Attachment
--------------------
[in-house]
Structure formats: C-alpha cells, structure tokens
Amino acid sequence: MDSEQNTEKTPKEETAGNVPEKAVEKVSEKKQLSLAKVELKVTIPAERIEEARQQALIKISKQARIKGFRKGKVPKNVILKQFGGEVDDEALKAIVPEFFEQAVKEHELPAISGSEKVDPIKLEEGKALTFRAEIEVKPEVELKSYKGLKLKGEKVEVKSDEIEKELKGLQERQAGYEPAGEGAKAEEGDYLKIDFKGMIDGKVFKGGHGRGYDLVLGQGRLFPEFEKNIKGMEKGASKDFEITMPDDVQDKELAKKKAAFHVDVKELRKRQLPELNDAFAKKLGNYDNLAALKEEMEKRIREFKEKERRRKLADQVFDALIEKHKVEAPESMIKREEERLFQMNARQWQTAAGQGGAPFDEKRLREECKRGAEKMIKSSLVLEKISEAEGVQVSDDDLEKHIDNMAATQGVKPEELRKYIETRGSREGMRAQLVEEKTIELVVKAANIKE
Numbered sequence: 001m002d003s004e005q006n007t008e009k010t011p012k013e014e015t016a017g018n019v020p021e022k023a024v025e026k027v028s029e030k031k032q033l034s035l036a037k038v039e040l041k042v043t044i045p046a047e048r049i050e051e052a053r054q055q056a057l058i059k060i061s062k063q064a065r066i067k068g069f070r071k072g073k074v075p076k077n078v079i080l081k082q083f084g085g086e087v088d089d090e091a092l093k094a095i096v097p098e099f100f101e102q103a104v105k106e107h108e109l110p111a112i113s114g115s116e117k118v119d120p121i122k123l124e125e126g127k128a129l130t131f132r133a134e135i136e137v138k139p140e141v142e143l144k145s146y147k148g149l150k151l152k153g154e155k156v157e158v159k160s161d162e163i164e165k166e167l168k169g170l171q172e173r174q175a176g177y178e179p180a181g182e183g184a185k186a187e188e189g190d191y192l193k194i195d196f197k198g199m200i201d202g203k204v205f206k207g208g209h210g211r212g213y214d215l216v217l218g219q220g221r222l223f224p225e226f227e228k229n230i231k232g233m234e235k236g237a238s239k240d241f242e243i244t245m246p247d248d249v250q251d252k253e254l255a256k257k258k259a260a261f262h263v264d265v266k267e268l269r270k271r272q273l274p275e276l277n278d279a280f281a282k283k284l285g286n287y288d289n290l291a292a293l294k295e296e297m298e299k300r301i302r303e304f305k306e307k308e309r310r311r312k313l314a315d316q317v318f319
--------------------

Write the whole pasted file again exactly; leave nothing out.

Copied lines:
[in-house]
Structure formats: C-alpha cells, structure tokens
Amino acid sequence: MDSEQNTEKTPKEETAGNVPEKAVEKVSEKKQLSLAKVELKVTIPAERIEEARQQALIKISKQARIKGFRKGKVPKNVILKQFGGEVDDEALKAIVPEFFEQAVKEHELPAISGSEKVDPIKLEEGKALTFRAEIEVKPEVELKSYKGLKLKGEKVEVKSDEIEKELKGLQERQAGYEPAGEGAKAEEGDYLKIDFKGMIDGKVFKGGHGRGYDLVLGQGRLFPEFEKNIKGMEKGASKDFEITMPDDVQDKELAKKKAAFHVDVKELRKRQLPELNDAFAKKLGNYDNLAALKEEMEKRIREFKEKERRRKLADQVFDALIEKHKVEAPESMIKREEERLFQMNARQWQTAAGQGGAPFDEKRLREECKRGAEKMIKSSLVLEKISEAEGVQVSDDDLEKHIDNMAATQGVKPEELRKYIETRGSREGMRAQLVEEKTIELVVKAANIKE
Numbered sequence: 001m002d003s004e005q006n007t008e009k010t011p012k013e014e015t016a017g018n019v020p021e022k023a024v025e026k027v028s029e030k031k032q033l034s035l036a037k038v039e040l041k042v043t044i045p046a047e048r049i050e051e052a053r054q055q056a057l058i059k060i061s062k063q064a065r066i067k068g069f070r071k072g073k074v075p076k077n078v079i080l081k082q083f084g085g086e087v088d089d090e091a092l093k094a095i096v097p098e099f100f101e102q103a104v105k106e107h108e109l110p111a112i113s114g115s116e117k118v119d120p121i122k123l124e125e126g127k128a129l130t131f132r133a134e135i136e137v138k139p140e141v142e143l144k145s146y147k148g149l150k151l152k153g154e155k156v157e158v159k160s161d162e163i164e165k166e167l168k169g170l171q172e173r174q175a176g177y178e179p180a181g182e183g184a185k186a187e188e189g190d191y192l193k194i195d196f197k198g199m200i201d202g203k204v205f206k207g208g209h210g211r212g213y214d215l216v217l218g219q220g221r222l223f224p225e226f227e228k229n230i231k232g233m234e235k236g237a238s239k240d241f242e243i244t245m246p247d248d249v250q251d252k253e254l255a256k257k258k259a260a261f262h263v264d265v266k267e268l269r270k271r272q273l274p275e276l277n278d279a280f281a282k283k284l285g286n287y288d289n290l291a292a293l294k295e296e297m298e299k300r301i302r303e304f305k306e307k308e309r310r311r312k313l314a315d316q317v318f319